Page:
Chaver: A relatively contemporary term for friend, close friend or comrade.

Chutzpah: Can be a positive or negative word, depending on context. Usually: arrogance, nerve or over confidence.

Geshmak: Tasty or yummy. Urban Dictionary translates ‘geshmak’ as Yiddish for “the bomb.” (Maybe we need a new sandwich idea and call it ‘The Geshmak?)

Heymish: Feels homey, cozy or unpretentious. Example: “Little family-owned delicatessens can feel more heymish than Schlotzsky’s or Jersey Mike’s.”

Keppie: Jewish mothers love to kiss their kids’ keppies. And, in case you didn’t grow up in a Jewish household, keppie is just a much sillier way of referring to the forehead.

Kibbitz: To give unsolicited or unwanted advice or to make unhelpful or idle comments, often while someone is playing a game. Some say kibitzing is chitchatting or gossiping.

Klutz: Clumsy person.

Kvell: A Yiddish word for “bursting with pride,” with someone’s accomplishments You can kvell over your grandkids grades at school or if someone gets a promotion at work. It’s good to be a kveller!

Kvetch: As a noun, it means ‘complainer.” As a verb, it refers to ‘complaining.’ To complain or whine.

Mazel Tov!: Means congratulations! Just don’t use it when a woman is pregnant. The superstitious believe that this might cause something to happen to the baby. Megillah: a lengthy, detailed explanation or account.

Mensch: An honorable, decent person. Someone with high moral integrity or simply for being nice. Meshuggeneh: Can be used as an adjective or noun. Crazy, ridiculous or insane. Mishpacha: Yiddish for a Jewish family or social unit including close and distant relatives.

Nosh: Yiddish for snacking. For example you often hear people say, “I’m headed to Schmaltz Deli to nosh with my friend.” There is a lot of noshing going on here, Oy vey: An expression of woe.

Putz: A jerk or fool.

Schmaltz: A Chicago brand known for the best Jewish traditional delicacies, from pastrami to cheesecake to Nova lox to Chicken Matzo Ball soup to Black & White cookies. It also means chicken fat.

Schmegegge: Yiddish for baloney, hot air or nonsense. Schmendrick: Yiddish for an ineffectual, foolish, or contemptible person.

Schmuck: Also a jerk or fool, schmuck literally means penis.

Schmutz: Something dirty; dust or dirt. Even tomato sauce on your shirt, Schmuck. Schlep: A noun or a verb related to moving something in a slow or tedious manner. May also refer to a tedious or never-ending journey.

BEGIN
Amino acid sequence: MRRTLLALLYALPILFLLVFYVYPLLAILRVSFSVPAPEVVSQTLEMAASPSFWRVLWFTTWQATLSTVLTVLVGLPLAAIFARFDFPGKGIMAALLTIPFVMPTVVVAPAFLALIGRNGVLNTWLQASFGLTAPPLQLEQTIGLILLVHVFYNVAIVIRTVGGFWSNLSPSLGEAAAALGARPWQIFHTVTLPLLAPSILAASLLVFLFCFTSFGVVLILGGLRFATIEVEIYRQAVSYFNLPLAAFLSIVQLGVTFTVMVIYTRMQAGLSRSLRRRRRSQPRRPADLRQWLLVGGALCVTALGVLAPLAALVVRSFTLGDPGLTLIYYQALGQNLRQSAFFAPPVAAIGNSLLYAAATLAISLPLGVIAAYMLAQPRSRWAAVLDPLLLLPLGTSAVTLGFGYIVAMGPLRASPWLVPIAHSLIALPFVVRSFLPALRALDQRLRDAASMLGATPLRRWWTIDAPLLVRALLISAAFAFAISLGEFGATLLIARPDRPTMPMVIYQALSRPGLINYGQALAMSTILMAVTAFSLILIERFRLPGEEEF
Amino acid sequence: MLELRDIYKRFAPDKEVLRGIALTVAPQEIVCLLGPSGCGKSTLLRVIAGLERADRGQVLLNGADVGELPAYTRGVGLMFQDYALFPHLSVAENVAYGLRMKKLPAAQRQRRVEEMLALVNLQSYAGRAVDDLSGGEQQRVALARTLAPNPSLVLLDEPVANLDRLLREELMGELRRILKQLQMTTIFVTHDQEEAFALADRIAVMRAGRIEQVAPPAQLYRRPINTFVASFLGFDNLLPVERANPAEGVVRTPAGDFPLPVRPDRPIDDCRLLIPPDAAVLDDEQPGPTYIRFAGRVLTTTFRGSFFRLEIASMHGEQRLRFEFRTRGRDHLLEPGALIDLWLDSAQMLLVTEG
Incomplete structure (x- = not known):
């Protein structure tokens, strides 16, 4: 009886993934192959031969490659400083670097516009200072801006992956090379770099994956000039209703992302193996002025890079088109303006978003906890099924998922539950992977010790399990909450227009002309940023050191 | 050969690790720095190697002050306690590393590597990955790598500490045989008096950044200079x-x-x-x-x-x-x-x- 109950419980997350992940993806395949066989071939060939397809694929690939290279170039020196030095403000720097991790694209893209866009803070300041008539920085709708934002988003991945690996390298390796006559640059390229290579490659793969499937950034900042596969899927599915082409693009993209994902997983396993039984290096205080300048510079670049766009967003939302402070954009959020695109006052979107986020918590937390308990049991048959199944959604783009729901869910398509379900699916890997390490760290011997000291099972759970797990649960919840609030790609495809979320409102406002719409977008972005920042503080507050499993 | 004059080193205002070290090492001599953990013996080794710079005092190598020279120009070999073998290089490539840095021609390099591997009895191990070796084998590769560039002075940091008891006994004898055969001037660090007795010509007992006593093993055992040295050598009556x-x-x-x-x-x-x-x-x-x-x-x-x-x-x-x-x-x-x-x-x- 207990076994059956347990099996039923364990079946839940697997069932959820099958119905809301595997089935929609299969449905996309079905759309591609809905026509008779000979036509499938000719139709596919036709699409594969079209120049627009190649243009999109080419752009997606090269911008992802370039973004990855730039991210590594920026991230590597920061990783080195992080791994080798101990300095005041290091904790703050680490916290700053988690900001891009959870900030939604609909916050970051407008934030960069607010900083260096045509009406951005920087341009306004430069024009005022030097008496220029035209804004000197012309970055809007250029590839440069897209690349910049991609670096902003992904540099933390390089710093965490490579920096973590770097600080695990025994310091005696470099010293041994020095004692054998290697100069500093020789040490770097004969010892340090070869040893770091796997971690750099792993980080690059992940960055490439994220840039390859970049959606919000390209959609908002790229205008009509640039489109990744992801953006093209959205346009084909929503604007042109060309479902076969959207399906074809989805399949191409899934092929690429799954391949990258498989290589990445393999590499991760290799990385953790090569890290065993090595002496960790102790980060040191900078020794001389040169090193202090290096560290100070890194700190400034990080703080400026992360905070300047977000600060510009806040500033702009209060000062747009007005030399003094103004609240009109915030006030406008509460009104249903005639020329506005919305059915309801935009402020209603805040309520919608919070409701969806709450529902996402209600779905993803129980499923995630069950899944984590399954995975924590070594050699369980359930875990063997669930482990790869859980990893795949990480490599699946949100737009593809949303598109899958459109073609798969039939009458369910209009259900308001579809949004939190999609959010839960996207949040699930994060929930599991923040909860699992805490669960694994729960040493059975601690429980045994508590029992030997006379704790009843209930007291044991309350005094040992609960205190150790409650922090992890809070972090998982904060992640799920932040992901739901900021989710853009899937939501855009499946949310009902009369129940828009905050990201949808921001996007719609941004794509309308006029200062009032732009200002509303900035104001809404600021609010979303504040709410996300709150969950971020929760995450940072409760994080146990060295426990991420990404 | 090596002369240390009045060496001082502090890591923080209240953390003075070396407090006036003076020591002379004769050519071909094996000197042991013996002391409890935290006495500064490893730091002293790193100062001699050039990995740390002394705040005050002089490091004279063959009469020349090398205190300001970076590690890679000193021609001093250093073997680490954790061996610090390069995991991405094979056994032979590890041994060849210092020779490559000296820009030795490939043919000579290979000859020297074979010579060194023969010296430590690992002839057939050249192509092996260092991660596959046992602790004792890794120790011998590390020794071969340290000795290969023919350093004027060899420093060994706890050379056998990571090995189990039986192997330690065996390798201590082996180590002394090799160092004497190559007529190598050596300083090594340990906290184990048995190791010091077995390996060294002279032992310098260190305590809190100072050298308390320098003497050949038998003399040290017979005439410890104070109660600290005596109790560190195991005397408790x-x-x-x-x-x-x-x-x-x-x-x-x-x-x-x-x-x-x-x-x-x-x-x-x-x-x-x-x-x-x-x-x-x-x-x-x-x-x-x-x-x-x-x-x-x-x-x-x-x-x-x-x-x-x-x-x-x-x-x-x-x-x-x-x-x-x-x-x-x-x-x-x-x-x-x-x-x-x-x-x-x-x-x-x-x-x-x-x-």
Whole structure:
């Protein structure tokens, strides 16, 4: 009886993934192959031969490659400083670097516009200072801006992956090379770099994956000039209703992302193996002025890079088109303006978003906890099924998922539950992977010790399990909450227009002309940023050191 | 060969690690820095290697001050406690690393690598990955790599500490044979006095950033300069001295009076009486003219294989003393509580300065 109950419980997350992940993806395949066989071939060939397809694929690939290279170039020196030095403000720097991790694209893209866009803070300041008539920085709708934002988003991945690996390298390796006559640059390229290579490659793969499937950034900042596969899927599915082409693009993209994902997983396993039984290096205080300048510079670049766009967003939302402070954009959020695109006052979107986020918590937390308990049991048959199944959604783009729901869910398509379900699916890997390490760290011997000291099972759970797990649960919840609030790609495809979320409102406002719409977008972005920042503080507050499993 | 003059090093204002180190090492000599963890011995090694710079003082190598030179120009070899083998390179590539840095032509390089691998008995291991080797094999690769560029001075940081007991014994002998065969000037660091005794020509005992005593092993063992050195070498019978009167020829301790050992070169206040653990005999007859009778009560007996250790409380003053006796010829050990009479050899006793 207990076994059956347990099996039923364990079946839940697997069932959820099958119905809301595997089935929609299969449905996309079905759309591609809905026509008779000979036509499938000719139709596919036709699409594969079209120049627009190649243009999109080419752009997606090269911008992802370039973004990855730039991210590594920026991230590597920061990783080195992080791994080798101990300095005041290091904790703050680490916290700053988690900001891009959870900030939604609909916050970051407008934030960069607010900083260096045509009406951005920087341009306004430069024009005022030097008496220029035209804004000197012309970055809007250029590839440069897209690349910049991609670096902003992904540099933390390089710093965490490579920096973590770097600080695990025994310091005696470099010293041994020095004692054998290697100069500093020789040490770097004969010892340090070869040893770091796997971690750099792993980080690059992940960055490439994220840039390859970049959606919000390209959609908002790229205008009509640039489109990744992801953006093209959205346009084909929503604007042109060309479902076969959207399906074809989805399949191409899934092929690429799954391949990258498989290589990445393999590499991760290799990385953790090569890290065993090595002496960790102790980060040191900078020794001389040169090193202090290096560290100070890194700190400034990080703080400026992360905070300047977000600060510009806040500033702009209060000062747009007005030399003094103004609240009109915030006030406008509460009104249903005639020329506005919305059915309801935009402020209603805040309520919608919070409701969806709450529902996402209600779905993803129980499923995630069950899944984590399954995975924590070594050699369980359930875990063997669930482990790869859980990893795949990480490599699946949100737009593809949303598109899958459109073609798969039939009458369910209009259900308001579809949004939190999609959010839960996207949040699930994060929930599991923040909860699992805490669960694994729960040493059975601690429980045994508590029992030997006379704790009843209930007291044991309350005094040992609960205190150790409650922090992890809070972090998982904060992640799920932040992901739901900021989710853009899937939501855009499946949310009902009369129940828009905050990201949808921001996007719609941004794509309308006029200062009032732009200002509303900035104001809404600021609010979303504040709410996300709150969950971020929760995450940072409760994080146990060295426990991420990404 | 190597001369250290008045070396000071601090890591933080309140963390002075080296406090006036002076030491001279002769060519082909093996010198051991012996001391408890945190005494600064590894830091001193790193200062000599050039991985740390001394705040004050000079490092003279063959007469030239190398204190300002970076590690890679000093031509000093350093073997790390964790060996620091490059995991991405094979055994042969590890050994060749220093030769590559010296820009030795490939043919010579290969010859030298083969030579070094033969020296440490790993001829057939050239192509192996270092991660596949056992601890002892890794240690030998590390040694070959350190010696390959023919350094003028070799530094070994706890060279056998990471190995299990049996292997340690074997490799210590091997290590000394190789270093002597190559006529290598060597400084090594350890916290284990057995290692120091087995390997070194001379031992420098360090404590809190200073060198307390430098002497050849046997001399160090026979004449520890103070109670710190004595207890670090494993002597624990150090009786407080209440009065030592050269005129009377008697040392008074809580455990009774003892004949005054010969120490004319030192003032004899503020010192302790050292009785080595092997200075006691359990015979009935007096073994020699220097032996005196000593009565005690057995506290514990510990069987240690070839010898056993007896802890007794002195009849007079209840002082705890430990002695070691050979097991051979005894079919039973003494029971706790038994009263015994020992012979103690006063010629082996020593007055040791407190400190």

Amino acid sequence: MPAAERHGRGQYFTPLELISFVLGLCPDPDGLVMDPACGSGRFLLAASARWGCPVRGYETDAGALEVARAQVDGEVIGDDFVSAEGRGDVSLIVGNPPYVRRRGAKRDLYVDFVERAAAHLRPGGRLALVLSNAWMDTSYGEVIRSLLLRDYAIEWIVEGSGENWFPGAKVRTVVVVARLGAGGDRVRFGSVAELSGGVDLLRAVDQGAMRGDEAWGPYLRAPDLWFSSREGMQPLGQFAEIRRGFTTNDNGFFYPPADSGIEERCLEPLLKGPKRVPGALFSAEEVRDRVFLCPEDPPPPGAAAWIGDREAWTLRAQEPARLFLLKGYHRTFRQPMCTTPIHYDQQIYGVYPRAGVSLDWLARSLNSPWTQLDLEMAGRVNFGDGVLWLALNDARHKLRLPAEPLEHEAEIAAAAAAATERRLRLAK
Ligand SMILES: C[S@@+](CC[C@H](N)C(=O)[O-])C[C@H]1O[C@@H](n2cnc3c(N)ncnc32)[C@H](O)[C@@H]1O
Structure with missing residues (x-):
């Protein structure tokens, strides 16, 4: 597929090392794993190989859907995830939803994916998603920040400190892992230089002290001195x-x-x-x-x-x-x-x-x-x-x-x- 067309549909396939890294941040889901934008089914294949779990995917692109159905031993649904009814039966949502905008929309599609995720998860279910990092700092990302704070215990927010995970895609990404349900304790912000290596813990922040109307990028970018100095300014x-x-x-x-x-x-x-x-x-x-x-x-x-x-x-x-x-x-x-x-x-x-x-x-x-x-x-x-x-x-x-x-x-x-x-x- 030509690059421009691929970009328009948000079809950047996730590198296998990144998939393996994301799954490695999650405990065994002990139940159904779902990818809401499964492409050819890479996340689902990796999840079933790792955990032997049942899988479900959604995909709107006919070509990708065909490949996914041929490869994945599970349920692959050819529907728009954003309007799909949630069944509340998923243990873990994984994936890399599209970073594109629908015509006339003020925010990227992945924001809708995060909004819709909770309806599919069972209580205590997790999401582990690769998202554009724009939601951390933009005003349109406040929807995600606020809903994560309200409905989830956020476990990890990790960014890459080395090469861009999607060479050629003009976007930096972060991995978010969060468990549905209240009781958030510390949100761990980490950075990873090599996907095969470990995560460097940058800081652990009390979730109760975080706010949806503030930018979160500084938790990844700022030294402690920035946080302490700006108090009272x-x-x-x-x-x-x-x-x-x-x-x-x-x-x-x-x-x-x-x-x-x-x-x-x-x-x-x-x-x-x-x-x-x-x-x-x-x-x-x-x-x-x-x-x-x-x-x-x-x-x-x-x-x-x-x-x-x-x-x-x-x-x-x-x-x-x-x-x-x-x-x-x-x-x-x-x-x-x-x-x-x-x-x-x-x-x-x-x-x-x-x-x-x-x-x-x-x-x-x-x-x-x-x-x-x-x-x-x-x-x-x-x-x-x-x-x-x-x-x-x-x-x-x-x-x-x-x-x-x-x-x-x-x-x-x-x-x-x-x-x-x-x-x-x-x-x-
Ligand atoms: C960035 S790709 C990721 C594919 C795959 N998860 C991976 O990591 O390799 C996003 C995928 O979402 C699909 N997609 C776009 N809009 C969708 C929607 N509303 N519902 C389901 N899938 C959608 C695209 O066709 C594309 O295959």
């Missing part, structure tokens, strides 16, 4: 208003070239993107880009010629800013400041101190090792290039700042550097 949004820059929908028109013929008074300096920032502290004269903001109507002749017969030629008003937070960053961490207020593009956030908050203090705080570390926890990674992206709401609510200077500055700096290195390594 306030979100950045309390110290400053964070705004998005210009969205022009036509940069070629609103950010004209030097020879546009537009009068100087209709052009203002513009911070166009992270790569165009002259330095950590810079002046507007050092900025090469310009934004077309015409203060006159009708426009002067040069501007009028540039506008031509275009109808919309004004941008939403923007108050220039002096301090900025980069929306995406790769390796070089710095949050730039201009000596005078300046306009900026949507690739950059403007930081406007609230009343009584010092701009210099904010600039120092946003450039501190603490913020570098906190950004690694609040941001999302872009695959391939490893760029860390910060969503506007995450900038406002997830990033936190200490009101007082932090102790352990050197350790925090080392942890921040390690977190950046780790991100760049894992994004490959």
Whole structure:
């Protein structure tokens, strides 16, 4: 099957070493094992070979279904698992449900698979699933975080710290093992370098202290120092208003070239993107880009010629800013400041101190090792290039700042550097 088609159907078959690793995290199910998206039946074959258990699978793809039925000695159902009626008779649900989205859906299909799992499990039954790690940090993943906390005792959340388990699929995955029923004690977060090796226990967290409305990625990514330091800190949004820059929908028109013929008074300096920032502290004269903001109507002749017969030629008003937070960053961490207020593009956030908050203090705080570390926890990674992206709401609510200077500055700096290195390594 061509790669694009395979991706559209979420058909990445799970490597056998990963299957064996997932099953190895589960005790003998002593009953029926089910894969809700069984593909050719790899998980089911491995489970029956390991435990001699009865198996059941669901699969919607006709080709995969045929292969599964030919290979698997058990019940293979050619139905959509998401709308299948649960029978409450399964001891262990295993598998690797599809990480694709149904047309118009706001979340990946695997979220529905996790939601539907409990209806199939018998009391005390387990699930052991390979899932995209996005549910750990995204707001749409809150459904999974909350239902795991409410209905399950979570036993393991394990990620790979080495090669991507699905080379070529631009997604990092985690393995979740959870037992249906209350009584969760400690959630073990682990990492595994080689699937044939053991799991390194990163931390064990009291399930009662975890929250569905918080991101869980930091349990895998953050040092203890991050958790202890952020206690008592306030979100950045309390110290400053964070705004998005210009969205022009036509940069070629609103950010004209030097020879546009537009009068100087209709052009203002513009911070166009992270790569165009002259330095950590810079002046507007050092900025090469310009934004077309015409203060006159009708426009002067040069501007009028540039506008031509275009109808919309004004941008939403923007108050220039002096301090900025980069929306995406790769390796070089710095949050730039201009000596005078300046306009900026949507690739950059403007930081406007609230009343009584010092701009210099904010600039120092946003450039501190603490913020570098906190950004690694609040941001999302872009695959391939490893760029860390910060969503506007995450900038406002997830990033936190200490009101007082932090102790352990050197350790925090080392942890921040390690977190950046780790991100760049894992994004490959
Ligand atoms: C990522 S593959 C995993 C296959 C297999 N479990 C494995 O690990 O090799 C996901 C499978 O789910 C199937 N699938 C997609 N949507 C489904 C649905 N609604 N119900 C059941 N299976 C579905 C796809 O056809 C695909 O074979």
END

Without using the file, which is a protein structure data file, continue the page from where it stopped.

Schmooze: A verb, according to Merriam Webster: “to chat in a friendly and persuasive manner especially so as to gain favor, business, or connections.”

Shtick: A gimmick or comedic routine. (Think Jerry Lewis and Dean Martin or Laurel and Hardy performances.)

Spiel: A spiel is a lengthy speech or story, primarily used as a means of persuasion.

Tchotchke: Small trinkets, usually overpriced , that are more decorative than functional.

Tuches: Pronounced “tuh-kiss.” The Yiddish way of referring to someone’s backside. As in, “Get your tuches over to Schmaltz and bring back a cheesecake.”

Verklempt: Feeling overwhelmed or overcome with emotions.

Zaydee: Yiddish for grandfather.

Practice Your Yiddish

 

Mazel Tov! Now you know bupkis, but with a little chutzpah you can now tell your mishpacha you speak fluent Yiddish! Or not.

So, Bubelah, schlep your tuches over to Schmaltz. Show us your shtick – the whole megillah. We’re ready to schmooze.

Leave your schmegegge at home. Don’t be a schmendrick, putz! But we’ll listen to your schpiel.

You want to kibbitz? Fine. Oy vey! No kvetching!

Bubbe says, “Eat your geshmak soup.”

The food is so darn good!!!

Frequently Asked Questions

 

  What is a delicatessen?

A store selling foods already prepared or requiring little preparation before serving. The history of delicatessens goes back to the late 1800’s, probably 1877. It is related to “delicacies, articles of fine food,” or ready-to-eat foods. Delicatessen is an American English term coming from the German word
‘delikatessen.’ It was the Germans who brought delicatessens to the United States. The French had a similar word, ‘délicatesse (In the 1560s), from délicat, meaning “fine.” The first delicatessens to appear in the United States were in New York City in the early 1880s. The first kosher delicatessen opened in New York in 1889. The first U.S. short version of this word, ‘deli,’ right after WWII (@ 1948).

Delicatessen Pronunciation: Pronounced del·i·ca·tes·sen.

Delicatessen Style Meaning: You often see the words ‘delicatessen style’ with mustard. Deli style mustard is a little spicier than regular mustard. It comes from an old German recipe that combines white wine and horseradish. It’s made to stand up against other robustly flavored meats like pastrami, roast beef, and sausages, making it a good choice for overstuffed meaty sandwiches.

 Can I buy pastrami or lox by the pound?

Yes. Our retail store has many grab and go items in our coolers and you can walk up to the counter and purchase meats by the pound, loaves of bread, baked goods, a bakers dozen of bagels, salads, deli sides and much more.

How can I place a Schmaltz Deli catering order?

Please visit our Order Catering Page to place and order online. You can also call and discuss your event details directly using the catering hotline at 630.839.9433 or email Lynne at catering@schmaltzdeli.com We look forward to serving you!

How do I order on the go?

You can use our Schmaltz Online Ordering portal by clicking on Order Now from our website or click here.

Can I cater my event at Schmaltz Deli?

Yes. You can cater your event at Schmaltz Deli in our party room. You can schedule the party room by calling and discuss your event details directly using the catering hotline at 630.839.9433 or email Lynne at catering@schmaltzdeli.com